40 items: 20 statements & 20 adjectives. Half are positive and half
negative.

Positive statements:
My life is on the right track
My future looks good
I like myself
I can handle any problems that come up
I feel loved and trusted
I feel close to people around me
I can do whatever I want to do
I have energy to spare
I have been smiling and laughing a lot
I have been thinking clearly and creatively

Negative statements:
I wish I could change some part of my life
I feel as if the best years of my life are over
I feel like a failure
I have been left alone when I don’t want to be
I have lost interest in other people and don’t care about them
My life seems stuck in a rut
I can’t be bothered doing anything
Nothing seems very much fun anymore
My thoughts have been going round in useless circles

Positive adjectives:
Satisfied, Optimistic, Useful, Confident, Understood, Loving,
Free-and-easy, Enthusiastic, Good natured, Clear headed.
Negative adjectives:
Discontented, Hopeless, Insignificant, Helpless, Lonely,
Withdrawn, Tense, Depressed, Impatient, Confused.

Two sub-scales are calculated, one based on the negative items
and one on the positive items. Overall well-being is calculated
by subtracting the negative from the positive items.

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Appendix B: Summaries

Table B.7.7: Securit y of local environment (crime rates/risk)


Correlations between safety and deprivation of the environment and individual SWB,
controlling for a range of variables

Study Country (data) Finding
Ferrer-i-
Carbonell &
Gowdy (2005)

Britain (BHPS)
1996

Living in a house which has pollution, grime or other
environmental problems reduces life satisfaction.

Lelkes (2005) Hungary (Tarki),
1998

Living in a house with problems reduces life satisfaction,
particularly if they are severe.

Lelkes (2005) Europe (ESS),
2002/03

Being a victim of crime in the last 5 years reduces life
satisfaction. The probability of reporting a score of at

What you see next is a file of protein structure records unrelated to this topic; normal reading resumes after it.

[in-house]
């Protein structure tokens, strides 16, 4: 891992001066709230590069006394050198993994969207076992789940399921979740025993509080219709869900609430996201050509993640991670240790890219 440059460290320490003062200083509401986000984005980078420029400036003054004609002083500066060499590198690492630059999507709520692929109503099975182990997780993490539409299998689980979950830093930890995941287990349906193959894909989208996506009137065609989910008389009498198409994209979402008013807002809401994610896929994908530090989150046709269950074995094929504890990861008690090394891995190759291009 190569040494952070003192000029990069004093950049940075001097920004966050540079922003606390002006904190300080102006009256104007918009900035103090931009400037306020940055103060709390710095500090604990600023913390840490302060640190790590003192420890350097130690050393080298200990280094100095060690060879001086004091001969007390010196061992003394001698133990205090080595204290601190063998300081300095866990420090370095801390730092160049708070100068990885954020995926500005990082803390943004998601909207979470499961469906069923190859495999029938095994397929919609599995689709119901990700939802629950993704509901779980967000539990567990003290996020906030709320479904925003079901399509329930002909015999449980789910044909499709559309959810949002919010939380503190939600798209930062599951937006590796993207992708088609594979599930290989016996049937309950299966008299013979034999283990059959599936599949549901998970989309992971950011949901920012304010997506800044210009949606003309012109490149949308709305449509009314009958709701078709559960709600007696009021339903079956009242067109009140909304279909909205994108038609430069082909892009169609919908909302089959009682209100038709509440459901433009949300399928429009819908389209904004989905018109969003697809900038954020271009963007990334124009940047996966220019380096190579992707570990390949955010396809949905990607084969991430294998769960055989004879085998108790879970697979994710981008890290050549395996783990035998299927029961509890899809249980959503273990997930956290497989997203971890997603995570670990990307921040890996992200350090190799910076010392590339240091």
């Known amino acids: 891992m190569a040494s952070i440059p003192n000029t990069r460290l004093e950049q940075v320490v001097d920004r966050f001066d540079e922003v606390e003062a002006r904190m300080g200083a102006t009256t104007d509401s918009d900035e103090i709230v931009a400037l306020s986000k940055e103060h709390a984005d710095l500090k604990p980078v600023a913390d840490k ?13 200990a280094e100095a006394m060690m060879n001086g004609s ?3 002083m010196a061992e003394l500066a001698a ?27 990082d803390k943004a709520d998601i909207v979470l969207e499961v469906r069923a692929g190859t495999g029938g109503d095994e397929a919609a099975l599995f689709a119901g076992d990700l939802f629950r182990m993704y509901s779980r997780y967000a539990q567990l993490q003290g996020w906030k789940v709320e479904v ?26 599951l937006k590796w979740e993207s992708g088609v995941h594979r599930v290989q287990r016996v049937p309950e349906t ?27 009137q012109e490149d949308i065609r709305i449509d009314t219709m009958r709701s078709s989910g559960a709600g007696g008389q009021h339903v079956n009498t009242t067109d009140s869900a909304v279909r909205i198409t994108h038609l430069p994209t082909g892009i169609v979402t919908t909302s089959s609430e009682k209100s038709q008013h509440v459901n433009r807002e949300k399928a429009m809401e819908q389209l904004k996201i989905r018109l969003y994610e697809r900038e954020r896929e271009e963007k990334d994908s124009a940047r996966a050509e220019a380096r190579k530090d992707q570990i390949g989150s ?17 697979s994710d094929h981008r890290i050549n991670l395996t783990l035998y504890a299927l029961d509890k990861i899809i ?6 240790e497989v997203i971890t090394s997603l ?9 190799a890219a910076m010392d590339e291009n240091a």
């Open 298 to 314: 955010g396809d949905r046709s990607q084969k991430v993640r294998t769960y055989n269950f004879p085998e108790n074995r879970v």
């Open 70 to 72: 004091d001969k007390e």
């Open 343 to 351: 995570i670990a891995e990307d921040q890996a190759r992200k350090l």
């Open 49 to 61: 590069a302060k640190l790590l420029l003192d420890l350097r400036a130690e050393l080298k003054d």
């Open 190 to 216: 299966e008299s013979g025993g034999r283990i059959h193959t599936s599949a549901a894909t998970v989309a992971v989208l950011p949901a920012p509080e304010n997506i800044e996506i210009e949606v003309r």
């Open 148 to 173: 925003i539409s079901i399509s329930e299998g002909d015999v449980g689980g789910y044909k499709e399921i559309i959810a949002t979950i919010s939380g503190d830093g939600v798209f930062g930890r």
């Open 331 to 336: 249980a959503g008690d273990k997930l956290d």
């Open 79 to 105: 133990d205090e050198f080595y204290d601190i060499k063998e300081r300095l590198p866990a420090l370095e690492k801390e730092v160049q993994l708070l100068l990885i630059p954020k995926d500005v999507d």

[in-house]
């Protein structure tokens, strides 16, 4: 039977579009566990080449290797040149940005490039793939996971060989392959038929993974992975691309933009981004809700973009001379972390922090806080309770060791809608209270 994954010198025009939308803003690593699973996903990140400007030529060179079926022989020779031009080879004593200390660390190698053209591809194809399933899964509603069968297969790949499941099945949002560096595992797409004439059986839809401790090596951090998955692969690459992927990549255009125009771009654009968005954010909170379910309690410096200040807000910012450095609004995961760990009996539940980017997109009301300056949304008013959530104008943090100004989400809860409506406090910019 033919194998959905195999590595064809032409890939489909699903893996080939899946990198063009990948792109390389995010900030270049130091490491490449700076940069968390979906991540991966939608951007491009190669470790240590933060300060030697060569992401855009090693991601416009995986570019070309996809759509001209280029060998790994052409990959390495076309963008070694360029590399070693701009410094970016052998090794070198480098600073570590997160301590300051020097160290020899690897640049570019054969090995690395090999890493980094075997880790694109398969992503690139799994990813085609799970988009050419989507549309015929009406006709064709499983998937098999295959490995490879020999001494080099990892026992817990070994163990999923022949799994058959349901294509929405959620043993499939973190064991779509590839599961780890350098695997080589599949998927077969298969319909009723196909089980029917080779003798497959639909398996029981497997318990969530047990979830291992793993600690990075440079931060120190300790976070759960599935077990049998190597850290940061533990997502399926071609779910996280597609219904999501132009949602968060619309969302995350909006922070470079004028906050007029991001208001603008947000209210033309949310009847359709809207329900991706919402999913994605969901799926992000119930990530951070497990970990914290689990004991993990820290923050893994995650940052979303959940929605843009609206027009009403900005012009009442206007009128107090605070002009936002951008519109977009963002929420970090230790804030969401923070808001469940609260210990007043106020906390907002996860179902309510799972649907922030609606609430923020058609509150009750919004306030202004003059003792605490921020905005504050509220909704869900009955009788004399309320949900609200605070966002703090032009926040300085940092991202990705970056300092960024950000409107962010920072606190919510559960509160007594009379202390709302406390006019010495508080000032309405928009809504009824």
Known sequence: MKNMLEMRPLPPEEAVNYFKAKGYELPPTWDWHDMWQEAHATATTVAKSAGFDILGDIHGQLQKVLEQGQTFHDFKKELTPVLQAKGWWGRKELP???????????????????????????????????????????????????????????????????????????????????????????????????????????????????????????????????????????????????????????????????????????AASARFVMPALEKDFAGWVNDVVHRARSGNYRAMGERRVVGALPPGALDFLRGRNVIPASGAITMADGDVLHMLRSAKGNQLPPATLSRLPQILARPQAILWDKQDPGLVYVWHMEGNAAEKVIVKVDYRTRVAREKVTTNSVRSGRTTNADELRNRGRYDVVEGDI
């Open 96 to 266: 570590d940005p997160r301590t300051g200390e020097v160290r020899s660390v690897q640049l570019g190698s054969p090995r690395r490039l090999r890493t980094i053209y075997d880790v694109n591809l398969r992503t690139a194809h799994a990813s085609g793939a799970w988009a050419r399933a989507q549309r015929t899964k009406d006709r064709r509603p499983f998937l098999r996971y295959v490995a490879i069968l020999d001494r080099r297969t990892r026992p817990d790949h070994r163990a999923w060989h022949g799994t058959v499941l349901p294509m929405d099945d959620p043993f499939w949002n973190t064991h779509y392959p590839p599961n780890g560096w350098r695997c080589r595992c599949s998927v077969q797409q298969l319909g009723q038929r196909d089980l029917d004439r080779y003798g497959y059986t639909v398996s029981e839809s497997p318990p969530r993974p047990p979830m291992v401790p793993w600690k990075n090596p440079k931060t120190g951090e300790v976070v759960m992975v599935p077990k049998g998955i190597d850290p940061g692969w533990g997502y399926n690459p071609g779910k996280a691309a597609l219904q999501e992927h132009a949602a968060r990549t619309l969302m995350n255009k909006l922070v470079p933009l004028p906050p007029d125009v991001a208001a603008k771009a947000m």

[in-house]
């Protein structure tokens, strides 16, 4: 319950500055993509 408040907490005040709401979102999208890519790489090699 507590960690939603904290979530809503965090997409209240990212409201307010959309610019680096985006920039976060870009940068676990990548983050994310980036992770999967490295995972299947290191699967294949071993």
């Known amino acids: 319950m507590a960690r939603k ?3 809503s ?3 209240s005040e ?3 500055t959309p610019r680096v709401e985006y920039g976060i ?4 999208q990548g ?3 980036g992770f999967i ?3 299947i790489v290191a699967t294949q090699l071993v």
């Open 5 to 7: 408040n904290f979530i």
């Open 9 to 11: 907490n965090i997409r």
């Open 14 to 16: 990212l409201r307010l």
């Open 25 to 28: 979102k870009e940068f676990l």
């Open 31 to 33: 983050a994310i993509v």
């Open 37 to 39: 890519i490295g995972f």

least 8/10 falls by -0.033 percentage points. Controlling
for whether one has been a victim of crime, living in an
unsafe area also reduces life satisfaction. The probability
of reporting a score of at least 8/10 falls by 0.070
percentage points.

Shields & Price
(2005)

England (HSE),
1998/1999

There is an inverse U shape pattern between IMD score of
the DHA area and the GHQ, which is only significant for
males. Initially GHQ Caseness, improves with the extent
of deprivation, then it is adversely affected. However, the
initial positive coefficient on IMD score is only
significant at 10%.

Wiggins et al
(2004)

UK, Boyd Orr
longitudinal
survey, 1997

Living in an area which feels deprived reduces SWB, as
measured by the CASP-19



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Appendix B: Summaries

Table B.7.8: Urbanisation


Correlations between the degree of urbanisation and individual SWB, controlling for a range of
variables

Study Country (data) Finding
Dockery
(undated)

Australia
(HILDA)

Living in a major city reduces life satisfaction.

Gerdtham &
Johannesson
(2001)

Sweden (SLLS),
1991

Compared to living in the country or a city with under
30,000 inhabitants, living in the three biggest cities in
Sweden reduces life satisfaction.

Graham &
Felton (2006)

Latin America
(Latinobarometro),
18 countries
mostly 2004 data

Some indication that living in a big city reduces life
satisfaction, but the coefficient is not well defined.

Hayo (2004) Eastern Europe
(New Democracy
Barometer), 7
countries, 1991

Compared to living in a city with under 5,000 inhabitants,
life satisfaction decreases monotonically with increasing
city size.

Hudson (2006) Europe
(Eurobarometer),
15 countries, 2001

Compared to living in a city, living in a village or
small/medium town (as perceived by the individual),
increases life satisfaction.

Rehdanz &
Maddison (2003)

International
(World Database
of Happiness), 67
countries

Population density was found not to have a significant
effect on overall happiness.

Shields & Price
(2005)

England (HSE),
1998/1999

Compared to living in a suburban area living in rural or
urban area has no significant effect on psychological well-
being (GHQ Caseness).

Peterson et al
(2005)

US, Authentic
Happiness web
sample

Home town size is negatively, but not significantly,
related to SWLS.

Winter et al
(1999)

Poland, 1994 Compared to a non-rural area living in a rural area
reduces an index of objective domain conditions but
increases an index of domain satisfactions (housing,
housing equipment, food and transport).